Only Connect: residential weekend for distintive deacons. 4-6 March, Wydale Hall, Scarborough
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I am sitting in the hospital chapel in the stillness as the shift change takes place on this New Years Eve. A steady, silent, silhouetted procession of staff come and go. Some ending their shift and coming in to light a candle and say a prayer as they leave the hospital and the old year behind and go home to family, friends and a quiet night in or a drink with colleagues. Others starting their night shift, one that will see out the old year and welcome the new. Patients to care for and families and staff to support in the silent hours of the night.
I frequently sit here, in the semi darkness, in the shadows, in this familiar house of prayer, pondering what I do and why. As one year rolls into another, I do so again.
Reflecting at the end of an old year on where God was present in life opens up to new possibilities to adjusting old ways to work better.A new year reminds us that the Holy Spirit is always moving, working and leading us to the next positive step.
We think of him as safe beneath the steeple,
Or cosy in a crib beside the font,
But he is with a million displaced people
On the long road of weariness and want.
But God is at work in and through all our circumstances. Although the frustrations and sometimes the depressions have been many and various, there are unexpected blessings which have come our way, moments when we have become wonderfully aware of God's presence. It is part of the call of distinctive deacons to be 'expectant and watchful for the signs of God's presence', and to have the freedom to respond to those signs, to reflect and adapt.
When we see the flashing lights of a police car behind us, we pull over to the side of the road and await the officer approaching the vehicle to ask for our licence and registration. We comply because we know that the officer has the authority to do that. The officer cannot do that when they are off duty and driving their own car. They can only stop us because of the authority of the badge which they carry. In a similar manner, we carry a badge of authority in prayer because we belong to Jesus. We have his badge, his authority.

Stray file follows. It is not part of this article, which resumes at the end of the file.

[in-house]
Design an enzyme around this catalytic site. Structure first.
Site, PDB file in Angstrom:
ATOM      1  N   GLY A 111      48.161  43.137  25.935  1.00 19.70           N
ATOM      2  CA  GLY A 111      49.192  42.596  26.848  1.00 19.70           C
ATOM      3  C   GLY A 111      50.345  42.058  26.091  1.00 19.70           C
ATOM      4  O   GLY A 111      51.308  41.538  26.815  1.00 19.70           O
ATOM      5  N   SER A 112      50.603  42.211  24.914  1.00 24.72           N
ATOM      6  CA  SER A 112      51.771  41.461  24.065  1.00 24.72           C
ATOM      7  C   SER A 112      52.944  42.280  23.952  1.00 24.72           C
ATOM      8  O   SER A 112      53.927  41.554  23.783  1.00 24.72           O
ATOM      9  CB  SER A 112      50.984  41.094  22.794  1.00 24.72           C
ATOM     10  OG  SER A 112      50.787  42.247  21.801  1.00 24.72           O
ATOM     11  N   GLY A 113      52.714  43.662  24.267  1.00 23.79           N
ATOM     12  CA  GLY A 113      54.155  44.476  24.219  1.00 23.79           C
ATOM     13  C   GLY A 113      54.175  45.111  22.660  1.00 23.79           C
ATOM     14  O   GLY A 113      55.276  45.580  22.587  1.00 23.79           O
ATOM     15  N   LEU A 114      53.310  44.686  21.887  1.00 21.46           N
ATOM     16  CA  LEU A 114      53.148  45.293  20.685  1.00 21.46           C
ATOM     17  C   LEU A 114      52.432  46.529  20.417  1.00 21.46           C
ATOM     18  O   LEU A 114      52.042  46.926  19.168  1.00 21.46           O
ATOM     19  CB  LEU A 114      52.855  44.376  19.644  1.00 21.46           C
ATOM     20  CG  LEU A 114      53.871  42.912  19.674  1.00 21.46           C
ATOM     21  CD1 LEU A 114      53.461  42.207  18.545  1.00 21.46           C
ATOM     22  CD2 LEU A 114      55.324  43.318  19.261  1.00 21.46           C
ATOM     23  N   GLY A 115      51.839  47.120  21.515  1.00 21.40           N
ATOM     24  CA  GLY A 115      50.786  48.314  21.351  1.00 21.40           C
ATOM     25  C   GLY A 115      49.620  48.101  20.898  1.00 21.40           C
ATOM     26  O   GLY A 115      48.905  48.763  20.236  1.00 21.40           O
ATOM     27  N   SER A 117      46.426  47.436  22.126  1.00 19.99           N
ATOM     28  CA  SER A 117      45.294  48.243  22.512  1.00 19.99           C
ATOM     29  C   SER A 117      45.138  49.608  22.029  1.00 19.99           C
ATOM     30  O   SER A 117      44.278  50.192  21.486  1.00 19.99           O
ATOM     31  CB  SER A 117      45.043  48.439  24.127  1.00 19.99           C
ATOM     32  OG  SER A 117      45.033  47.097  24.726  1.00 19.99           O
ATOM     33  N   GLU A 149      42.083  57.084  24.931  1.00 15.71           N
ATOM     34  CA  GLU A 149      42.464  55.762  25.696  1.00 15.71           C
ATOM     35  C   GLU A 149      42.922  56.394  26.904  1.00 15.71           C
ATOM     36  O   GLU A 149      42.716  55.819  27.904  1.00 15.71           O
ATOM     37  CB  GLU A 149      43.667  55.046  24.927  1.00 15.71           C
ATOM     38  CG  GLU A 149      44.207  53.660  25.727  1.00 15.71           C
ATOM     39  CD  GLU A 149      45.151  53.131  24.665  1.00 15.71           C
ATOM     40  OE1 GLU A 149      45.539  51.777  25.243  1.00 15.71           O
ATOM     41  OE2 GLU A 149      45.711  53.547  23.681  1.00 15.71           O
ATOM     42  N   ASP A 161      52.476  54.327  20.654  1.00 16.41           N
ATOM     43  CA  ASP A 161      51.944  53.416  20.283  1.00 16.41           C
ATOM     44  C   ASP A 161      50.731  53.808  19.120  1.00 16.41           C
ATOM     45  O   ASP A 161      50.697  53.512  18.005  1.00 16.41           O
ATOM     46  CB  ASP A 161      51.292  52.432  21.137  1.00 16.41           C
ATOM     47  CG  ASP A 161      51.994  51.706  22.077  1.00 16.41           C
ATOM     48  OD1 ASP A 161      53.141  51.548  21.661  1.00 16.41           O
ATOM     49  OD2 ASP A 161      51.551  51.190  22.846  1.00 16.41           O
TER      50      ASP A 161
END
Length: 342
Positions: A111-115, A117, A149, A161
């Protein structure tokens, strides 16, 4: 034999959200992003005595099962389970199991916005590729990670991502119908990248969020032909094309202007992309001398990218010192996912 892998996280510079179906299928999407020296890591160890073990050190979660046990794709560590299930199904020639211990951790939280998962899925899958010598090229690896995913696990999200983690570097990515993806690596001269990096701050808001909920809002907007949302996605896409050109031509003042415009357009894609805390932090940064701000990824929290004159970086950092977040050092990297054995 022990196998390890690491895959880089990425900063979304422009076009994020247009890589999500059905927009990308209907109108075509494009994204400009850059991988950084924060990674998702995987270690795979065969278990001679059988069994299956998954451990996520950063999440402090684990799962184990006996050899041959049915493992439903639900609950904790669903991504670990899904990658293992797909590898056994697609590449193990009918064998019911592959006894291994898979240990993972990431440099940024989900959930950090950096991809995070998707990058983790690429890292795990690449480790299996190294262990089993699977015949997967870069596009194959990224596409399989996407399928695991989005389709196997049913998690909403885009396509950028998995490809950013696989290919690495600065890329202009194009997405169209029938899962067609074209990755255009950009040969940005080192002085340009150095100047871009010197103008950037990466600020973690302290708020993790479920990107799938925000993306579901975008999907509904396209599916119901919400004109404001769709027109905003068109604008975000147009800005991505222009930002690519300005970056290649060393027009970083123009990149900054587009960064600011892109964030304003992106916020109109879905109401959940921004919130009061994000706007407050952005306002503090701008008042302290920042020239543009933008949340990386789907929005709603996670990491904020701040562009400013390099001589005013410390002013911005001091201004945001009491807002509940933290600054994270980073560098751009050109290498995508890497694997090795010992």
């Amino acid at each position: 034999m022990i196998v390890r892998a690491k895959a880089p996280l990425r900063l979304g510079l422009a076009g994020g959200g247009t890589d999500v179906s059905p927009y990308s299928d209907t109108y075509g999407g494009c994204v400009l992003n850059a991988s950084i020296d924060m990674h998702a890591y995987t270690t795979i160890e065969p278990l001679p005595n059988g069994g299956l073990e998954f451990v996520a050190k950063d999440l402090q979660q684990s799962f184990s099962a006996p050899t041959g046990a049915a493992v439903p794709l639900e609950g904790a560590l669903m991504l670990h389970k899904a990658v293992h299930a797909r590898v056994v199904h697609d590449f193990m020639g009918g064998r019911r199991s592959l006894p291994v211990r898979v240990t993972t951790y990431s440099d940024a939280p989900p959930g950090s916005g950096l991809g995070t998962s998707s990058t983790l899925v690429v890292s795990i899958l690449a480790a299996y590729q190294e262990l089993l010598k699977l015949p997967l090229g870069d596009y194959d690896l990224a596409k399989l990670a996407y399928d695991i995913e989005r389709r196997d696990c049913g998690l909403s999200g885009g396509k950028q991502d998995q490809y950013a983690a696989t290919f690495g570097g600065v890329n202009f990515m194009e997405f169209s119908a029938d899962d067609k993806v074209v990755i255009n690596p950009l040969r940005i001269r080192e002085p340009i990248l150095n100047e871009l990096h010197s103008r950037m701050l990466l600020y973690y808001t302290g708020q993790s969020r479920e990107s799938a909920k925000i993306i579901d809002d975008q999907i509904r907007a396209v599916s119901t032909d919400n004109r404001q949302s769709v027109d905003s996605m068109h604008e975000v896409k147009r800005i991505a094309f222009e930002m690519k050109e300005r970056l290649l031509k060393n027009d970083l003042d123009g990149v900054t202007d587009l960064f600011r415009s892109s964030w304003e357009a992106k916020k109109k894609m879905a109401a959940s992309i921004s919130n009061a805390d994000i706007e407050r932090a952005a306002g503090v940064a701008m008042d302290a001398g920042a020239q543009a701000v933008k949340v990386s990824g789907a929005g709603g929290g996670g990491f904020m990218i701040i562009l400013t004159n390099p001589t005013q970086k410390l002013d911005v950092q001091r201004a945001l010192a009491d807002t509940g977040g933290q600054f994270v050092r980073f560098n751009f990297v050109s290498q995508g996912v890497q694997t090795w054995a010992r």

Shortly after we moved to our new house, I was driving home one night in the fog. I was going on what were then unfamiliar country roads in the dark. As such, I was not always aware of exactly where I was. Fortunately, I had put my new address into the map app on my phone so I could listen and follow the directions as to where I needed to turn and in which direction I needed to travel.
It is the same way with prayer. On his own, God could do things faster and more efficiently. Instead, he chooses to work with and through us. As we cooperate in prayer, we see the Lord bring transformation to our situations, and we get to grow in our relationship with the Lord. As we come to the Lord in prayer, he inspires us through the Holy Spirit. The Lord will give us discernment and direction for what we need both to pray and to do. As we respond and pray into that guidance, God moves to answer our prayers, and transformation happens. In effect, we pray his Kingdom purposes into reality.
Their prayers were not “Change this bad situation, Lord,” but “Change us, so that we can be effective in this situation!” How many times do we pray, asking the Lord to make things easy for us, instead of praying for the strength, wisdom and empowerment to go through challenging or difficult circumstances?